Small-scale agribusiness entrepreneurs can seize the massive sweet potato market opening in Europe and cash in by growing quick maturing and high-yielding varieties from Malawi.
The six orange flesh sweet potatoes were developed in 2011 by the Department of Agriculture Research Services.
Malawian sweet potato breeder Dr Felistus Chipungu says they have high tolerance to viral diseases and weevils. Their flesh is orange in colour. common potatoes are while or cream.
With the lowest variety taking up to six months to yield between four and eight tonnes per acre, quicker types are ready for harvesting in three months posting a yield of up to 14 tonnes from the same acreage.
For instance the Ana Akwanire variety, Dr Chipungu says, can produce between five to seven medium sized roots to yield 10 tonnes per acre in five to six months.
Chipika and Kadyaubwerere, which mature in four to five months also yields big roots, and a farmer can harvest up to 14 tonnes per acre.
Khaphulira gives same tonnage after four months. Mathuthu gives 10 tonnes per acre after a similar duration, the researcher says.
Zondeni variety is the slowest maturing taking six months and lowest yielding posting an average harvest of three tonnes per acre.
Fresh Plaza, a global fresh produce publication, reports that demand for potatoes has doubled in Europe in five years-since 2011.
In 2014, the European Union imported 124 tonnes of the produce.
United Kingdom sweeps 44 per cent of the total import to the continent, translating to 82,000 tonnes per year. The potatoes are consumed domestically, with a dismal portion being re-exported after processing.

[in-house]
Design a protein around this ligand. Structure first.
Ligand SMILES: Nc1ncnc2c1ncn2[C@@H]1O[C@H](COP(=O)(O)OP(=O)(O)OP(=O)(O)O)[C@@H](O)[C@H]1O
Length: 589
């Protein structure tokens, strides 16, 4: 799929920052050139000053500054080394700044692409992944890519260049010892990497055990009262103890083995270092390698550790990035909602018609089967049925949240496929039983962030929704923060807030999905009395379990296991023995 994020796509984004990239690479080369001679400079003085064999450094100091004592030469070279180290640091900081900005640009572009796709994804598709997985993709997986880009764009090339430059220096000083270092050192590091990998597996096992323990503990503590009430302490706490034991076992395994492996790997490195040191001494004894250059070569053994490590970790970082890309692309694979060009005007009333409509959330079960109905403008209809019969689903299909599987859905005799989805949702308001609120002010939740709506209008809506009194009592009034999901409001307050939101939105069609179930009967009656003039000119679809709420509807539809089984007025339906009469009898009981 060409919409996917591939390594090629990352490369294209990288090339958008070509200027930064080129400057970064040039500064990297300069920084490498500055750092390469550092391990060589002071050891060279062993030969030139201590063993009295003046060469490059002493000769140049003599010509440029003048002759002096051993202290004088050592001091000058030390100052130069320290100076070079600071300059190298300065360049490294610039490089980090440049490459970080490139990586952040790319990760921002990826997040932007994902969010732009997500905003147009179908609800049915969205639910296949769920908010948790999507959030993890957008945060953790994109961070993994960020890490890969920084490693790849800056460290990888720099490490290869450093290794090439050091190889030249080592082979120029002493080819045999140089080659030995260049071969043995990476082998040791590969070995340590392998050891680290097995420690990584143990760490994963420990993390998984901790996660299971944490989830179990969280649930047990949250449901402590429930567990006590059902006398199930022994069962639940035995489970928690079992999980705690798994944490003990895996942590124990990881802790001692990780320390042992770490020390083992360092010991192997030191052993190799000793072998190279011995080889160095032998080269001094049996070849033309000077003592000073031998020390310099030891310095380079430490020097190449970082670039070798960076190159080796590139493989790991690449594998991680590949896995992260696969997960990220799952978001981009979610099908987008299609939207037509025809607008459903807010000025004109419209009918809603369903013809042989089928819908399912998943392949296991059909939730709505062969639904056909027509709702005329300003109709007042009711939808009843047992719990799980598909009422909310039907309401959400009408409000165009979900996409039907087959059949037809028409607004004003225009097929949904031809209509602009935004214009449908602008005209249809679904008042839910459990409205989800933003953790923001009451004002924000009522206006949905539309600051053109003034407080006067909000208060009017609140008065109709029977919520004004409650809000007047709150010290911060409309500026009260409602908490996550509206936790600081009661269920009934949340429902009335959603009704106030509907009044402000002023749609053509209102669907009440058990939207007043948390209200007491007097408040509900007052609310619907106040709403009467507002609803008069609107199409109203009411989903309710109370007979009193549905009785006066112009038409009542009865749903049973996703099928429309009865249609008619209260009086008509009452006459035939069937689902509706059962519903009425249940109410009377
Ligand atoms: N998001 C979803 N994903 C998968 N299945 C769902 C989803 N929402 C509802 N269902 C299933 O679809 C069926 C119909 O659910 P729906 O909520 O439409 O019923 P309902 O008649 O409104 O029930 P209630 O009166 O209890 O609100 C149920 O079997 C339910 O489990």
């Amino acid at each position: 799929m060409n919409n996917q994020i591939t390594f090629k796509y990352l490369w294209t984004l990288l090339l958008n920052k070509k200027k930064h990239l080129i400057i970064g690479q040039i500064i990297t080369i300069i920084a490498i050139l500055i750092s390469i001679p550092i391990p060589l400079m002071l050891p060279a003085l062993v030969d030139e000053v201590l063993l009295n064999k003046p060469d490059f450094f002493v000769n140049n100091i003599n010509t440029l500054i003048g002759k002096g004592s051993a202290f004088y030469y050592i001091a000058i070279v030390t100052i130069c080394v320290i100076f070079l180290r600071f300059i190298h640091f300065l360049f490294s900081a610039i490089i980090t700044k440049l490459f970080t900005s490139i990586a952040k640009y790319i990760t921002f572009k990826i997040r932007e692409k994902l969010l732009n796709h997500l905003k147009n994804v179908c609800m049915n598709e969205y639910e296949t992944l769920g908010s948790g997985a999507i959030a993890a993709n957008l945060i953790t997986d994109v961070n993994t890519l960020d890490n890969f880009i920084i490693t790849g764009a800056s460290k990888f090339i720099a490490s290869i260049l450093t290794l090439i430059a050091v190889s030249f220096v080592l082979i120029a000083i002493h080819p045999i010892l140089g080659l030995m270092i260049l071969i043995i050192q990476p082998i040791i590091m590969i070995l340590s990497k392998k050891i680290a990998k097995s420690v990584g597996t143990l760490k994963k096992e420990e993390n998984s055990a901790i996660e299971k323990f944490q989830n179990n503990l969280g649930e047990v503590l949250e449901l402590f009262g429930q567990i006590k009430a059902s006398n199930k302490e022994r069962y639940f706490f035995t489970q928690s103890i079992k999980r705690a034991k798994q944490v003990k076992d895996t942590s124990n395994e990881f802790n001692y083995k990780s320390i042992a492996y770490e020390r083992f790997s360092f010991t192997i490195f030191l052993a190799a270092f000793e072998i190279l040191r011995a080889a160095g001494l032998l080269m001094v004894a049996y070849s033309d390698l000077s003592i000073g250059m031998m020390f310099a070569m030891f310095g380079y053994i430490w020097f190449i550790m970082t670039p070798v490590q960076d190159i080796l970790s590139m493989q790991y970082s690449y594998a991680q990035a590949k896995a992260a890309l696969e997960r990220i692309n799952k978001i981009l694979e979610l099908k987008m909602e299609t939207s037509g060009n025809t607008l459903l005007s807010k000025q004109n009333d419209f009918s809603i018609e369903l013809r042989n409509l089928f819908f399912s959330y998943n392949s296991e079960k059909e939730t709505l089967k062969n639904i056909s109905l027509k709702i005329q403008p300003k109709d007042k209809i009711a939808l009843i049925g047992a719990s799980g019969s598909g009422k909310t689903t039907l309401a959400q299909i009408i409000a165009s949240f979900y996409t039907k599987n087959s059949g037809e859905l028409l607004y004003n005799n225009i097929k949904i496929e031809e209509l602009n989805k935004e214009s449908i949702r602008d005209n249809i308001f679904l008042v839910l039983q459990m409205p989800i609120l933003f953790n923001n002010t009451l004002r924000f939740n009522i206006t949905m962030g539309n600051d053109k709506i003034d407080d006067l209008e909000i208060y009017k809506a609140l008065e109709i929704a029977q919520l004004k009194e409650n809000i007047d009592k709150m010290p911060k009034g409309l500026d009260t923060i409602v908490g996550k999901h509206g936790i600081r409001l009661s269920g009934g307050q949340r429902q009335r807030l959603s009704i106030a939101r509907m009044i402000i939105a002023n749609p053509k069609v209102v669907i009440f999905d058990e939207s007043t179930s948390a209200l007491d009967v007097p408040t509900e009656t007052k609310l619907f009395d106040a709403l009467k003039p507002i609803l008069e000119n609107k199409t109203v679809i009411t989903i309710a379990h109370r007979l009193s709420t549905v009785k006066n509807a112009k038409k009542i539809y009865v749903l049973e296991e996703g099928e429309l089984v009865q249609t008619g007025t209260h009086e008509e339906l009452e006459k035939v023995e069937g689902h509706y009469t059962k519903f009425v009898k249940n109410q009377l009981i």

Netherlands is second to the UK, capturing 24 per cent of the total potato import into the continent. But 36 per cent of 44,000 tonnes imported is re-exported to the continent's hinterlands where demand is highest.
Other important markets for the food, which accounts for about one per cent of the global export are Germany, France,Finland, Sweden, Belgium, Portugal, among others.
The EU market majorly relies on the US' 1.1 million tonnes total produce, which is also in demand in the North American state, leaving little for export.
Egypt, Uganda, Tanzania Senegal and South Africa are among the few countries in the African continent that have set foot into this rich market.
Sweet potatoes do well in fertile fine tilted seed beds, raised to a height of about 30 centimetres.
Spacing of the vines should be at 30cm by 50cm.
They require enough rain, but in case of irrigation, water logging is discouraged because it encourages infections.
Planting materials for these varieties are available at the International Livestock Research Institute, Nairobi and other designated distributors.